In the world of horror there are few things scarier or more disturbing than the scenarios that come too close to home. Fatal Pictures and writer/director Richard Powell deliver a new short entitled Worm, which peeks under the rock of our public education system. The story follows a high school teacher, Geoffrey Dodd, rotting away from the inside. Internalized with the broken dreams of a failed future, Geoffrey seeks escape with the construction of his novel, but is plagued by the social banality that surrounds him. Mirroring the sentiments of Falling Down, Geoffrey silently judges the futile efforts exerted by his students. He regards their skills and understanding as less than sub-par and that feeling is extended to his colleagues. Burnt out and unappreciated, the hatred seethes under Geoffrey’s façade that he barely holds up to the rest of the world. Geoffrey’s cynical approach to life is unparalleled by anything I’ve witnessed before. His steel barbed interior is hidden by a faulty visage that seems to be slipping away each passing moment. Geoffrey doesn’t encourage his students; he wishes to hold them back from ever experiencing the success has passed him by.
At moments you seem to understand the scorn and hatred that has bubbled over within Geoffrey, almost empathisizing with his situation. He’s a forgotten cog in a broken machine grinding away with no reward and no recognition. Such is the state of affairs for today’s educators, where tragedy seems buried under the surface waiting to sprout. The film pulls on those heartstrings taking the story into darker territory. It seems that Geoffrey seeks to change his state of affairs by escaping his hum-drum existence with a female student that he has been obsessing over. His forbidden, unrequited love fuels his narcissism to the point of serious contemplation to solving his problems through violence on a scale comparable in tragedy only to Columbine. The most disturbing elements of the film are the internalized anger and frustration that allows for no other escape except through pain and heartache. You may not see the birth of this psychopath, but it’s their acts of transgression that forever leave their mark. Like the film’s title suggests, no one knows how a good apple goes bad until it’s far too late.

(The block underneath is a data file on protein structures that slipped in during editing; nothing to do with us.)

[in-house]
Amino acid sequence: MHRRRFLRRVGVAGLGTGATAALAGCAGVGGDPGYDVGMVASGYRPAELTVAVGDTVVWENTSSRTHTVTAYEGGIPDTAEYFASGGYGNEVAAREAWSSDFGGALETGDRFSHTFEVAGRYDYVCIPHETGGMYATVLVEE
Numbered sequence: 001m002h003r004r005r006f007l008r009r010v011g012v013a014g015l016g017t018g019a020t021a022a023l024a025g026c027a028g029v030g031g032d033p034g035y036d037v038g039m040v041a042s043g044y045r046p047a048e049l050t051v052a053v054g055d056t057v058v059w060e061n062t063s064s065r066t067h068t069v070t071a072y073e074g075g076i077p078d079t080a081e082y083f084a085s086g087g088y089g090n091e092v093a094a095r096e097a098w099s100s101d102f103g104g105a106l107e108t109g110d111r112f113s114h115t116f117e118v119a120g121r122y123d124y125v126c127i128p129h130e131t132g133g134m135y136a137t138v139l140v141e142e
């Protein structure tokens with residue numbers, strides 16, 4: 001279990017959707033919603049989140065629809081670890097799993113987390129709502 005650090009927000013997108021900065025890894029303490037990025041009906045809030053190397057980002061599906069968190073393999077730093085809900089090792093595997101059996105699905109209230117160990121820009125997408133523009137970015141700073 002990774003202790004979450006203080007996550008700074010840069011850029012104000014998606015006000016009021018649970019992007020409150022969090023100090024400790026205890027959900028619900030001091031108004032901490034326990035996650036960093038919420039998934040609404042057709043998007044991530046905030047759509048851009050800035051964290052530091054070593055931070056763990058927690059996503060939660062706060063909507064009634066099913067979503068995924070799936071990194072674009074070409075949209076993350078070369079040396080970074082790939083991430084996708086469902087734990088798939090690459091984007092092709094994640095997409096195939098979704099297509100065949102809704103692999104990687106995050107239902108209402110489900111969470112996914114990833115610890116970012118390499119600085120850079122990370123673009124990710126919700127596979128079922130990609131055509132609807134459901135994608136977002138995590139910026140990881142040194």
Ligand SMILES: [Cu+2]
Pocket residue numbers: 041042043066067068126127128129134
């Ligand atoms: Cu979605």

The film plays out like a twisted episode of Boy Meets World, a narrated tale of despair bottled up and shaken, where our Mr. Feeny is just waiting to explode. The cinematography is straight forward and delivers a familiarity to this untapped subject matter. The acting is straight forward, offering the familiarity of being in this dark time in the understanding of teenage angst and those forced to deal with it daily. On the surface Worm could almost play as an episode of Degrassi High or My So Called Life without the dialogue. It’s the tonality of the writing that crafts such an uneasy short film and warrants an equally uneasy need to know more. Worm is dark and potent, like a poison not meant to be handled because of how deeply it permeates its audience.